Grain storage decisions – own store or co-op?

Put up your own building, join a central co-operative store or take advantage of flexible grain store hire? Louise Impey looks at the options.

There are long and short-term considerations to every grain storage route, including finance, planning, tax, business flexibility, marketing and management.

Camgrain lorries loading

© Camgrain lorries loading up

New store costs

Building a new grain store will cost between £100-£200/t, according to David Ellis, an associate with planning and property consultant Acorus. The final figure will vary with site, building size and specialist requirements.

“For a finished building with a central duct, stirrers and a fan house all built in, then £200/t plus is a good guide,” says Mr Ellis.

See also: Grain storage clubs offer cheaper alternative to on farm options


Planners have to be notified for a permitted development of 465sq m or smaller, which requires 28 days’ notice. “Getting planning permission for larger buildings isn’t always very onerous, but it can take time and requires supporting paperwork.”

Planning fees are set at standard national rates by government, but the need for additional reports and surveys to meet the concerns of planning authorities and local residents can push the cost of getting permission up to between £5,000 and £10,000, he estimates.

Once permission is granted, it’s a relatively quick process to put the building up and have it ready for operation. “There’s no need for it to take any longer than three months from start to finish.”

grain storage sheds

© Tim Scrivener

Tax relief

While there’s no tax relief available on a new building itself,  the integral features such as lighting and heating, as well as the plant and machinery installed inside, are eligible for 100% relief up to the Annual Investment Allowance of £200,000, points out Gary Markham of Churchgate Accountants.

“So the timing of any building project has to be considered, as does the detail on any quotation. It’s easy to miss integral features and miss out on tax relief.”

It is possible to get tax relief on the whole building if it is structured correctly to take advantage of recent changes in pension rules, says Mr Markham. “By using a pension called a Small Self-Administered Scheme (SSAS) to invest in the business, the pension fund can pay for the land and the build costs, so using funds which have qualified for tax relief of up to 40%.”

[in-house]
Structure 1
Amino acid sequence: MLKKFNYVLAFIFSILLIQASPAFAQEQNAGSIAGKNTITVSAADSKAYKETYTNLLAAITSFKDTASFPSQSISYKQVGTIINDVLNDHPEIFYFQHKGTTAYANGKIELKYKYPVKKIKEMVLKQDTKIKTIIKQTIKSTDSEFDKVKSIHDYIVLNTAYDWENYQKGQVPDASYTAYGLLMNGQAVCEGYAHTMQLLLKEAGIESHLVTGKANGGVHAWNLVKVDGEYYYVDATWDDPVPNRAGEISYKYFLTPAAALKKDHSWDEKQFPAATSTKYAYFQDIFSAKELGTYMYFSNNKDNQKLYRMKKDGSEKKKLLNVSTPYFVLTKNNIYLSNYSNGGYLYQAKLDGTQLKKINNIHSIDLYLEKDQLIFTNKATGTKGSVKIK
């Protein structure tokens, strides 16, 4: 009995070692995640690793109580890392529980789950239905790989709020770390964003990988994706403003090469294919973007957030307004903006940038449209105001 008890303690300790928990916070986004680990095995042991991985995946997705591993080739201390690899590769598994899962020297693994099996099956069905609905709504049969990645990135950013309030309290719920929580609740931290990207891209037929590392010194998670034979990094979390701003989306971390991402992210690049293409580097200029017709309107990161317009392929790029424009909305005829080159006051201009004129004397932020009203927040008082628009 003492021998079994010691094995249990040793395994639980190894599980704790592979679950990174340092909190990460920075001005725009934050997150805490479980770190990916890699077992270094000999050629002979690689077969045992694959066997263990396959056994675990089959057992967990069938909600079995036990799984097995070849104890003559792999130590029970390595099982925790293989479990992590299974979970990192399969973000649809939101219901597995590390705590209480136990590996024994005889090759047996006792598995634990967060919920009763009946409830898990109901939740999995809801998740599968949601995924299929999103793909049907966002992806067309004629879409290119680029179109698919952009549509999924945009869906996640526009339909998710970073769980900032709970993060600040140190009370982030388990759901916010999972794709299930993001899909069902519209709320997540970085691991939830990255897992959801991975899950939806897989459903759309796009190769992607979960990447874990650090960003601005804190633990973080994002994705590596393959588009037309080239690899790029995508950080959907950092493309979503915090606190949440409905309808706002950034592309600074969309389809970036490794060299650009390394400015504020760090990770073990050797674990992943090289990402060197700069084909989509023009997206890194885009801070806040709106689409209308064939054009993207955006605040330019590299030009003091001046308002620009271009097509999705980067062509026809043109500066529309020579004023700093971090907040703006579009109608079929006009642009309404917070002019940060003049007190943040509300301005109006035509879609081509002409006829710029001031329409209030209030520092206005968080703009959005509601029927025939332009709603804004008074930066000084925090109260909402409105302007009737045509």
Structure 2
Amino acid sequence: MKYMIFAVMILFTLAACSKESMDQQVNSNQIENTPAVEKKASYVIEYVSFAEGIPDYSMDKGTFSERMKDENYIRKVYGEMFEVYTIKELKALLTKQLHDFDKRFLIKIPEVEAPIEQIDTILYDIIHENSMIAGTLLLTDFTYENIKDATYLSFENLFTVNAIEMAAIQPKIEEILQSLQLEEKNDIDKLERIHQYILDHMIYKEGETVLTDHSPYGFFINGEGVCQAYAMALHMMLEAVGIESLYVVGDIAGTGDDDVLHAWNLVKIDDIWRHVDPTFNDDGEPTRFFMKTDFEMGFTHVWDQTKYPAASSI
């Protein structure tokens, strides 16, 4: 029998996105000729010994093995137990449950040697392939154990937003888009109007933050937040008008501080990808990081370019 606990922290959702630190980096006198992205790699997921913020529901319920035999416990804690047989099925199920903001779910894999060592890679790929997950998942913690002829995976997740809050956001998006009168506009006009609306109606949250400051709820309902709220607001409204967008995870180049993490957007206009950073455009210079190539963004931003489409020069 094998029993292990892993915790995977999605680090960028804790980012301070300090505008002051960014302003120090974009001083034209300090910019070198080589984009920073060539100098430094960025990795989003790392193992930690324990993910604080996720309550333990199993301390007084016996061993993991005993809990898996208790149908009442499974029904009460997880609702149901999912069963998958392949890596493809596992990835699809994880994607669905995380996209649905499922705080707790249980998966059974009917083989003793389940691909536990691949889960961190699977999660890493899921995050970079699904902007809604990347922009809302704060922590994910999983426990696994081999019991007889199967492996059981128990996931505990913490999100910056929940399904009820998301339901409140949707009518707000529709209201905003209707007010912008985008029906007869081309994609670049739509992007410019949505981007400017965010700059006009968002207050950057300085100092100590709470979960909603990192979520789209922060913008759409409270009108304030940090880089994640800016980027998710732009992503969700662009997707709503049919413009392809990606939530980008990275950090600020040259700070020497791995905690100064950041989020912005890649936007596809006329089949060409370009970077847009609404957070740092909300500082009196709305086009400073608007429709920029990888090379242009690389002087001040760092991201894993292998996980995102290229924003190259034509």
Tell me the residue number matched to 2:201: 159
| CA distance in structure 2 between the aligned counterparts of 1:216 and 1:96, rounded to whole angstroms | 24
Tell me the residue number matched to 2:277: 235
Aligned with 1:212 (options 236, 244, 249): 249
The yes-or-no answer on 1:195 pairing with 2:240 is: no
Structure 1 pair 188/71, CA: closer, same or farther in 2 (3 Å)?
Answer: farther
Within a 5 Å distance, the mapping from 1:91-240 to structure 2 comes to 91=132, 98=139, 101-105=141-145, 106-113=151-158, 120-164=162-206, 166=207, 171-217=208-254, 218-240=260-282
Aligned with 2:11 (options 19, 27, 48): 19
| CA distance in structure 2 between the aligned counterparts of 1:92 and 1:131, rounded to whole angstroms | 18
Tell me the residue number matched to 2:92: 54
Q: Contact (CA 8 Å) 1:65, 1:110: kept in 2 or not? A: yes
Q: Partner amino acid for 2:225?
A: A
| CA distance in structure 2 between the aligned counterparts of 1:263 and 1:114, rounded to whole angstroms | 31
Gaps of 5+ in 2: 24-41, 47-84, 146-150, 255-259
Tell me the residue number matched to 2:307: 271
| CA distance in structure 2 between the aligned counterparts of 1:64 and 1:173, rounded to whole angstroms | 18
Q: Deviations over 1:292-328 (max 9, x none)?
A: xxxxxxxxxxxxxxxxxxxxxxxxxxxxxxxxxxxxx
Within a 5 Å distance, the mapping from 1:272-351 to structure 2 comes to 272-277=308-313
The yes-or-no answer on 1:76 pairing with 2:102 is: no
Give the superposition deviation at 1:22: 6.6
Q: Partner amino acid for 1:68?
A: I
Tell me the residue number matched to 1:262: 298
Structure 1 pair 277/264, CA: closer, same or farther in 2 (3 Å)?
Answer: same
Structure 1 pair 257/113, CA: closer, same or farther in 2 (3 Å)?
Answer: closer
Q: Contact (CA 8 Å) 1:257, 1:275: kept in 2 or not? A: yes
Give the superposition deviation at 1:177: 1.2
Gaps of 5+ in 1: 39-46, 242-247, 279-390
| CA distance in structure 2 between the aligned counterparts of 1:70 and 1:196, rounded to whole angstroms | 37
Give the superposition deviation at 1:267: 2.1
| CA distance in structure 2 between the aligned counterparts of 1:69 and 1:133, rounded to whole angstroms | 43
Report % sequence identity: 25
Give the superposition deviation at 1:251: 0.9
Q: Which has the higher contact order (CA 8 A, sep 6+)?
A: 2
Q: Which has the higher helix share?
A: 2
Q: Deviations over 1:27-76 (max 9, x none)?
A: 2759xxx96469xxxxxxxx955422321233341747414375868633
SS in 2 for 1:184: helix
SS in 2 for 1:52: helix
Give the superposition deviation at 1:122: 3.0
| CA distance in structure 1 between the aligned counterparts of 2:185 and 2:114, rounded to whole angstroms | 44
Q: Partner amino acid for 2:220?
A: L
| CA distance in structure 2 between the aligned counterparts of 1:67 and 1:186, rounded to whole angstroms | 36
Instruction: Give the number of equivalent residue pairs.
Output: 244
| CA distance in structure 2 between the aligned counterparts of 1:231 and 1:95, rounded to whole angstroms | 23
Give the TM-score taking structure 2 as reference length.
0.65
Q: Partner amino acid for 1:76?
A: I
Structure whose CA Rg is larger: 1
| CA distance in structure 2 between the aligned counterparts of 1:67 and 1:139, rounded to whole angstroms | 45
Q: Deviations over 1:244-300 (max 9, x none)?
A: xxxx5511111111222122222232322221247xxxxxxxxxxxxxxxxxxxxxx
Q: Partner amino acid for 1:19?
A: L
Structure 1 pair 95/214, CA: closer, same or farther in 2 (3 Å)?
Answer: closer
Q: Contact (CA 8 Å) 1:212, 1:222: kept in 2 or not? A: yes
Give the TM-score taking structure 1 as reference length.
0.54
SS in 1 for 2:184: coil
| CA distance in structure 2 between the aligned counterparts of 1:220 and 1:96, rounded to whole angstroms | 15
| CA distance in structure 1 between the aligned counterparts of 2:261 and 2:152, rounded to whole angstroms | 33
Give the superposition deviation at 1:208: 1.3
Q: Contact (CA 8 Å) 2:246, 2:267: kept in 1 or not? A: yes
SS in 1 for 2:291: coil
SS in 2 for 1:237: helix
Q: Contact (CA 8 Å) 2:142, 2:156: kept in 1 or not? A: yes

Once finished, the farm then rents the building back from the pension fund, providing further tax relief on the rent and raising cash to continue building the pension pot, he adds.

In this way, a pension fund becomes both a tax tool and a succession planning tool, allowing financial planning to be linked to business plans. “Of course, the grain store can then be handed down to the next generation, also tax-free.”

A biomass boiler, ideally used for more than one building, can be included for grain drying purposes and will allow you to claim the Feed-in Tariff, says Mr Markham. “If it’s housed in a building next to the grain store, that building can be part of the same funded development.”

Any on-farm construction project should be part of a long-term strategy, he suggests. “A grain store may not be forever. The opportunity to create some brownfield sites, especially if a decent road is close by, shouldn’t be dismissed.”

Flexible storage hire

Alternatives to building your own store include making use of flexible grain storage services. These operate on a pay-as-you-go basis for around £9/t a year, with haulage on top. With no need for customers to tie up any equity or commit to long timescales, their popularity is increasing.

The co-op option

Buying membership and space in a large co-operative store is another route, where members have access to more than basic storage services. Most offer specialist cleaning and drying using state-of-the-art equipment, aiming to add value to the grain, as well as marketing expertise.

At more than £100/t, plus an annual handling charge of between £10-£12/t, it can seem expensive. But supporters point out that it saves time and trouble, often replacing the need for additional labour at a busy time of year and freeing up older farm buildings for alternative uses.

“There are tax advantages with these too,” continues Gary Markham. “You can claim tax relief on your purchase price by writing it off over 10 years and get tax relief on the annual charge. However, when you sell your membership, you will have to pay tax.”

Case Study – G W Balaam & Son, Essex

Ballaam brothers in grain store

© Tom Scrivener

Grain storage is under review at a progressive family farming business in Essex, as two of the farm’s original stores approach the end of their natural life.

Whether to renovate, replace them or make use of alternative storage is being considered by brothers James and Andrew Balaam of GW Balaam & Son at Clavering, near Saffron Walden.

Both stress the management benefits from storing as much of the 1,780ha farm’s grain at one site as possible, and that they prefer to be in control of crop marketing.

Owned grain store

  • Costs £100-£200/t, depending on sophistication of equipment
  • AIA tax relief only on equipment, so important to get itemised quotes and invoices to enable these to be identified and relief maximised